SNEAKING LESSONS AND MORALS into children's stories might seem like trying to con a picky eater by discreetly tucking spinach into a meatball, but it's a tradition as old as fairy tales themselves. Back in the day, the Brothers Grimm used their stories to warn us against going into the woods alone, talking to strangers and eating at random people's houses - at least two of which were legitimate dangers at the time. So it's no surprise that, beneath the magic, monsters and miracles, today's kid lit authors seem to have something to say about discrimination, tribalism and fear of the "other." Eliot Schrefer's new Lost Rainforest series casts sunset as nature's own MasonDixon line, dividing animal kind into daywalkers and nightwalkers - two factions with a xenophobic fear of one another. It's a prejudice that, like many in the real world, is born of ignorance, since the two groups never cross paths. And Mez, the young panther protagonist of "Mez's Magic," is not immune to it. She professes her pride in being a denizen of the darkness - "the time for the proper creatures of the world to thrive" - and shudders at the thought of the "monsters" that walk by day. And she does so even while harboring a secret: She goes both ways. Mez is a shadowwalker - an animal that stalks under both sun and moon. And like many closeted children, she fears losing her tradition-minded family if she is ever outed. Because the one thing nightwalkers and daywalkers agree on is that shadowwalkers are an abomination of nature. But being a shadowwalker means more than just glitchy circadian rhythms; it also means magical powers. Things change for Mez when she meets Auriei the boa constrictor, a sort of serpentine Professor X who recruits her for his anthropomorphic superteam. These "gifted" animals from both the nocturnal and diurnal worlds must learn to trust one another and work together to prevent the resurrection of the legendarily dangerous Ant Queen. But like the X-Men, they must battle not only the villains, but a hateful and distrustful populace as well. "Mez's Magic" is packed with as many jokes as fast-paced fight scenes (some of which can get a bit graphic - claws and fangs are brutal weapons, after all). And Schrefer ("Rescued," "Endangered") has created a stock of memorable characters - including Gogi, a monkey with self-esteem issues; Rumi, a delightfully urbane tree frog; and a manic, pixiedream bat named Lima - that bodes well for a series in which each consecutive volume will be told from the perspective of a different animal. Kamilla Benko's debut, "The Unicorn Quest," another first-in-series novel, sneaks a tribalism parable into a Narniaesque story structure. The book begins with two sisters, Claire and Sophie, exploring the eerie old mansion of their recently deceased great-aunt, so you know it's only a matter of time before they discover a portal to another world. The fantasy kingdom of Arden is a place where magic is intrinsically tied to art, but rather than its citizens finding unity in their shared abilities, they have segregated themselves, geographically and culturally, into four different mini-nations: Forgers (who sculpt mystical metals), Spinners (who can weave threads into man-eating carpets and such), Tillers (who would all score an A+ on a Hogwarts herbology exam) and Gemmers (who have power over rocks and jewels). And it's more extreme than just Blue State-Red State rancor. The Ardenites are hard core about these divisions: One young character's father was executed because of her parents' mixed marriage. Some of the groups will grudgingly do business with one another, but for the most part, Arden is isolationism run amok. And no group is more universally reviled than the Gemmers, the former ruling class who infamously committed atrocities against their own people. When one character discovers ancestors in the Gemmer bloodline, the reaction has the horror of a progressive activist who learns there are slave owners in his family tree. It's the appearance of Claire and Sophie that serves as a catalyst for change in Arden. When the girls uncover a dangerous conspiracy, it will once again take members from different magical guilds to unite as a team and prevent the resurrection of a legendary queen. (Different queen, this time - no ants.) Benko does a stellar job of painting Arden for the reader (the battlements on a castle are "cut like jack-o'lantern teeth," for instance) and clearly delineates the distinct cultural elements of the different guilds, like the smoke-scented streets of a Forger town and the vinecoated walls of a Tiller home. Also clear is how much more wonderful this world would be if these cultures were ever allowed to mingle. The true heart of this book, though, is the relationship between Sophie and Claire. Sophie, the older and bolder of the two sisters, has recently recovered from a mysterious illness and lengthy hospital stay, leaving Claire to both hero-worship her older sibling and fret about her like a helicopter parent. And when the sisters find themselves separated, it is Claire's dedication to and need for her older sibling that drives her on her quest. Rather than pitting groups against one another, Catherine Gilbert Murdock ("Dairy Queen," "Princess Ben") presents an anti-discrimination tale with a much more individual focus in her Dark Ages fable, "The Book of Boy." The central character, known only as Boy, lives a life harder than most, which is saying a lot, since the story is set during the Black Death. In addition to all the standard hardships you'd expect for an impoverished medieval orphan, Boy must also endure being the constant target of rage, ridicule and fear. Terms like "thing," "fiend," "monster" and "hunchback" are thrown at him regularly. Saddest of all, Boy takes these insults to heart. Despite the sweetness and selflessness that is so obvious to the reader, Boy thinks of himself as a mistake - something made "wrong" - and wishes for nothing more than to be a "real boy." Then along comes Secundus, an ersatz pilgrim with a mysterious past who recruits the naive and overly trusting Boy to assist him in liberating (i.e., "stealing") holy relics so he can use them as a bargaining chip to get into heaven. (The book is firmly rooted in Christian lore.) Secundus is the first person to recognize that there's more to Boy than the hump between his shoulders - like preternatural agility and the apparent ability to communicate with animals. The adventure the two embark on features thrilling chases, many comic observations from Boy (a sheep, for instance, described as a "wet, smelly cloud"), and more fart references than one might expect in a religious allegory. And the climactic revelation of Boy's true nature is a genuinely surprising twist. But "The Book of Boy" runs into pitfalls. Readers who feel bullied or excluded for being "different" may heavily invest in Boy's internal debate over whether to hide his true self. This goes double for kids with disabilities or those who are gender nonconforming, as those are two specific points about which Boy is taunted. Unfortunately, the artistically ambiguous ending gives no explicit answer to the question. While Boy ultimately learns to love himself for who he is, we never quite get the assurance that anyone else in his cruel world will. Will Boy have to be content with a future in which he can be his real self only in private? It's open to interpretation. Yet surely many kids could benefit from having this answer spelled out for them. Perhaps the main lesson here is to remember that one person's uplifting finale can be a major downer to someone else. CHRISTOPHER HEALY is the author of the "Hero's Guide to Saving Your Kingdom," its sequels and the upcoming middle grade series Perilous Journey.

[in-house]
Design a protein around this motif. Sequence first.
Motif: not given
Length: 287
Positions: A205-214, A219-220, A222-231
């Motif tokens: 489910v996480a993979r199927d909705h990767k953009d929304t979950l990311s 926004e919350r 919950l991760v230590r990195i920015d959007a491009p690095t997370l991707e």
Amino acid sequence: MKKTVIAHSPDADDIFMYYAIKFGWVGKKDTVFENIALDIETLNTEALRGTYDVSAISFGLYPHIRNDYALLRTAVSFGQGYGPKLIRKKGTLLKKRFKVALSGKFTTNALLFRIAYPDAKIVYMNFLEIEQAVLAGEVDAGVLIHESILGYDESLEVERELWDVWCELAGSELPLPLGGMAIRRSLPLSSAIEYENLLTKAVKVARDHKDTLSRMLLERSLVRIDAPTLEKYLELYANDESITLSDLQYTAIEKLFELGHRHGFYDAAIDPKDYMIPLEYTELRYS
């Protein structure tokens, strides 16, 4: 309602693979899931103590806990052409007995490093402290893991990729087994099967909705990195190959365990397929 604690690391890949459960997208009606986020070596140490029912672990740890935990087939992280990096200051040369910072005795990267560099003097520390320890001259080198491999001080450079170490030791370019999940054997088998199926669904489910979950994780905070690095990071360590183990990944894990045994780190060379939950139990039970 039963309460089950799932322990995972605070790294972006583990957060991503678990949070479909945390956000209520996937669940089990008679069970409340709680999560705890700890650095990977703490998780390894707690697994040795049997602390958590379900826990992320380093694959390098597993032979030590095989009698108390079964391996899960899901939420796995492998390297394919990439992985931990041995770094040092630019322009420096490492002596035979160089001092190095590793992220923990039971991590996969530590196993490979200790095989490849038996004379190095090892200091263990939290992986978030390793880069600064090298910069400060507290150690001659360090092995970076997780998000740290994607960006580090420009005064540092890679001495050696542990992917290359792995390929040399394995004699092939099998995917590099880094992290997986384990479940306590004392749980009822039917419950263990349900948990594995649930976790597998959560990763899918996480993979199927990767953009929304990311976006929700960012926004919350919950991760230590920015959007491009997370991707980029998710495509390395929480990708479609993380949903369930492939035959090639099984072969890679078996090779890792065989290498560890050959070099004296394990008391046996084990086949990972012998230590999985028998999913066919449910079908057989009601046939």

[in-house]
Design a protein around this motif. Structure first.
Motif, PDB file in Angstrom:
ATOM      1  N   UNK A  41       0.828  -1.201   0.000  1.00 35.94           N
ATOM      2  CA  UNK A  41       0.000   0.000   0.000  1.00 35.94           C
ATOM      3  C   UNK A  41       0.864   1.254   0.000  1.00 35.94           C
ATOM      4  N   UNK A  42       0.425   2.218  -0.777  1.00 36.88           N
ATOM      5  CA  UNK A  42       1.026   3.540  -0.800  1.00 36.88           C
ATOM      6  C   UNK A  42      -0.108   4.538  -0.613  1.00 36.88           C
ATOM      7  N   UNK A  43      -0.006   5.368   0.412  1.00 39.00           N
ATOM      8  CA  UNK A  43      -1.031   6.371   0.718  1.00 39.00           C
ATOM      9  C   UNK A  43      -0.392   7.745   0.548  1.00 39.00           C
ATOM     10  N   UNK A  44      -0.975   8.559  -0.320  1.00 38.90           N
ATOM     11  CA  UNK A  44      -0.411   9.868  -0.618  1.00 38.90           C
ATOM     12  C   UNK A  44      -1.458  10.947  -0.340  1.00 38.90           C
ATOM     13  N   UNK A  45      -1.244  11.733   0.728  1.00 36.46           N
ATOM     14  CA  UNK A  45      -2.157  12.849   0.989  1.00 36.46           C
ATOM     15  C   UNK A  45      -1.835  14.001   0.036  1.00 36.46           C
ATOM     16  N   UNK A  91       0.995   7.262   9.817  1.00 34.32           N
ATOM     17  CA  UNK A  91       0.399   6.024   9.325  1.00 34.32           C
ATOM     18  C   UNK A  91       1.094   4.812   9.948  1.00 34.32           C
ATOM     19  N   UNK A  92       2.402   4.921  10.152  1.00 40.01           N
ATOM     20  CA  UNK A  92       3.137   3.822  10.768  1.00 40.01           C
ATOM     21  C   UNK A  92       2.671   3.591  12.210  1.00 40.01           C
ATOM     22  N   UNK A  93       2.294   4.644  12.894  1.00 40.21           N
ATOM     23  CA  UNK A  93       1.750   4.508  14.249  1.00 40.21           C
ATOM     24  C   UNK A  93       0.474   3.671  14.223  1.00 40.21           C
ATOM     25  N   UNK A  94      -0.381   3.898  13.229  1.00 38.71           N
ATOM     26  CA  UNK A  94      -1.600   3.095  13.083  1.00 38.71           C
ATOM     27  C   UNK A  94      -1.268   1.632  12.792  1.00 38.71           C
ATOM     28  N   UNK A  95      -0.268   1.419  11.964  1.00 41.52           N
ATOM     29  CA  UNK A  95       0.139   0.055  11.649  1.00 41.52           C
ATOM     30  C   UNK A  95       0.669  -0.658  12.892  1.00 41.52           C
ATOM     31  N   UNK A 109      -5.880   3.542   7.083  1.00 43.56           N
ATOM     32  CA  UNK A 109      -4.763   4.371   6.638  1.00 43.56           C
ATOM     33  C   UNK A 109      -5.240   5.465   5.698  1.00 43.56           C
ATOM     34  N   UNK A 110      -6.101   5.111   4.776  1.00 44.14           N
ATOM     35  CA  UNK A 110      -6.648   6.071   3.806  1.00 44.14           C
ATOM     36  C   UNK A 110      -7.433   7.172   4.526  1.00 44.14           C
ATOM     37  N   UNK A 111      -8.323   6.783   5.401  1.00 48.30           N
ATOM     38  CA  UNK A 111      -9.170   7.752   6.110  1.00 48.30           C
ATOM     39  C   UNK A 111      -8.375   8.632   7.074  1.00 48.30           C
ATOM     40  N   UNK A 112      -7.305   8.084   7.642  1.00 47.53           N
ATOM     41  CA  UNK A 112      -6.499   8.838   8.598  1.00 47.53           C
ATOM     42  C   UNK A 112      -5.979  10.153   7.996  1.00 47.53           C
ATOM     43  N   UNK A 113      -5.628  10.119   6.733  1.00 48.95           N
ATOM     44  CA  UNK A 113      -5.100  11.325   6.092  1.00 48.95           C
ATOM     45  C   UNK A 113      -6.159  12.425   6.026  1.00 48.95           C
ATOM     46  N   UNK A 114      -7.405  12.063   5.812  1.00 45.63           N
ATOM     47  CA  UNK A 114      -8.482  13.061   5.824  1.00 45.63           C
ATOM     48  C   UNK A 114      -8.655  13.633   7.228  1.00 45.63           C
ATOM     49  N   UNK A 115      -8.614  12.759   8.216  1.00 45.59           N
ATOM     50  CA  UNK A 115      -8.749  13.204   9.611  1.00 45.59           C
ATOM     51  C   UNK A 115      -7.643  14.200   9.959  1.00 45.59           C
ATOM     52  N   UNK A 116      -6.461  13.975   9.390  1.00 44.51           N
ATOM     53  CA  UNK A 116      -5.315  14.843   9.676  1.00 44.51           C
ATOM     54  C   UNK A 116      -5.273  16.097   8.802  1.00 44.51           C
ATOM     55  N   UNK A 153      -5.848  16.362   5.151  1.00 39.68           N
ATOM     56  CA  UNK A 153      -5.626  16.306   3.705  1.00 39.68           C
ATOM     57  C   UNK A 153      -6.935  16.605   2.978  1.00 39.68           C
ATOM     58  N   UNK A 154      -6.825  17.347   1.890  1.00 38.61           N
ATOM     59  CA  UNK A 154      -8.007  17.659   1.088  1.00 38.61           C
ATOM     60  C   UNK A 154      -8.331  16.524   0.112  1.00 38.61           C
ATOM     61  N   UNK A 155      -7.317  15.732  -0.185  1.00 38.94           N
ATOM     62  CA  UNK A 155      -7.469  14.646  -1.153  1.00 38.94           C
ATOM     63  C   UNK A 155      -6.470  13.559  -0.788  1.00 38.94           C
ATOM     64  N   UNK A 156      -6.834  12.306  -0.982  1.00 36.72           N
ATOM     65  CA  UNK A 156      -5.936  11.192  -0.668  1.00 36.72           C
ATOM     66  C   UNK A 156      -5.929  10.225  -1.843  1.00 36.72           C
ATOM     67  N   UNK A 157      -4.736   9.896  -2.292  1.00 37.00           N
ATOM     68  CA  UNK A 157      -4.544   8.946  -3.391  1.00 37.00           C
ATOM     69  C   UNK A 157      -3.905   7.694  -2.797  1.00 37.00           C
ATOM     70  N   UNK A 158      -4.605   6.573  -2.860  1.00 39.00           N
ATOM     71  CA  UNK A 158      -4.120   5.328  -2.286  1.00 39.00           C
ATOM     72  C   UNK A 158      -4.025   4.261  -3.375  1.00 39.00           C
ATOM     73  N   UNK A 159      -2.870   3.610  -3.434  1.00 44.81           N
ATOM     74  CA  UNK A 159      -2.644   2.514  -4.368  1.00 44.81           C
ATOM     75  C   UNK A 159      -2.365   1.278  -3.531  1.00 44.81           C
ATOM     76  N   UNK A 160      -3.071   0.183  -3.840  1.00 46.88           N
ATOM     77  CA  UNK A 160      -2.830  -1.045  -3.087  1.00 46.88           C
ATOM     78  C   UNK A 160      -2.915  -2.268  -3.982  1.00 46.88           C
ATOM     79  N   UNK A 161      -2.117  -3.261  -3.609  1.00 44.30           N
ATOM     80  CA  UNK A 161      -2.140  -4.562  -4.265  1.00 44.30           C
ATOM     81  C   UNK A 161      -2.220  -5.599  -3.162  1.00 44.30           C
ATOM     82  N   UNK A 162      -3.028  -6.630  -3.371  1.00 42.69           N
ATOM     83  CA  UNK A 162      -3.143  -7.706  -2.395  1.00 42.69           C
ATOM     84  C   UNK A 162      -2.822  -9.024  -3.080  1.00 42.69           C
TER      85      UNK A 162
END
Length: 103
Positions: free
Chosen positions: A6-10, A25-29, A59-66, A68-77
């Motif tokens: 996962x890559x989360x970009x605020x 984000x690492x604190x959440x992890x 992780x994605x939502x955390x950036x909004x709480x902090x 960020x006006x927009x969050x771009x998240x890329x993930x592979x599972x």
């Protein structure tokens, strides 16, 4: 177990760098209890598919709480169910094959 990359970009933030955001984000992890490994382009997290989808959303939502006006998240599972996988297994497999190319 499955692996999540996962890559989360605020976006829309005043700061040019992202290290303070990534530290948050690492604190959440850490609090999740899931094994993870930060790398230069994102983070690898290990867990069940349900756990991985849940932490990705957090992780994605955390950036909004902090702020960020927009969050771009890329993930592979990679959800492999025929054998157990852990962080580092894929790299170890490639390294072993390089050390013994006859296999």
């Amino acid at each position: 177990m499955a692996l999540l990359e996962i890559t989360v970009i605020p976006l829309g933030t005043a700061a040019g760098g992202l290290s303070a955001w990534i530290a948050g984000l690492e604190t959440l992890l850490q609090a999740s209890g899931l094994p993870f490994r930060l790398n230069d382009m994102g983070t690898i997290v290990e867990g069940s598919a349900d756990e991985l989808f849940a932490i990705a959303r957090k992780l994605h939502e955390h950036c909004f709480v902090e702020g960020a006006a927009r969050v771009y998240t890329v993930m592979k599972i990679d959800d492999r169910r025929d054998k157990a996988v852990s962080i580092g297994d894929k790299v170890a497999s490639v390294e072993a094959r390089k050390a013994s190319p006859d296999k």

Publishers Weekly Review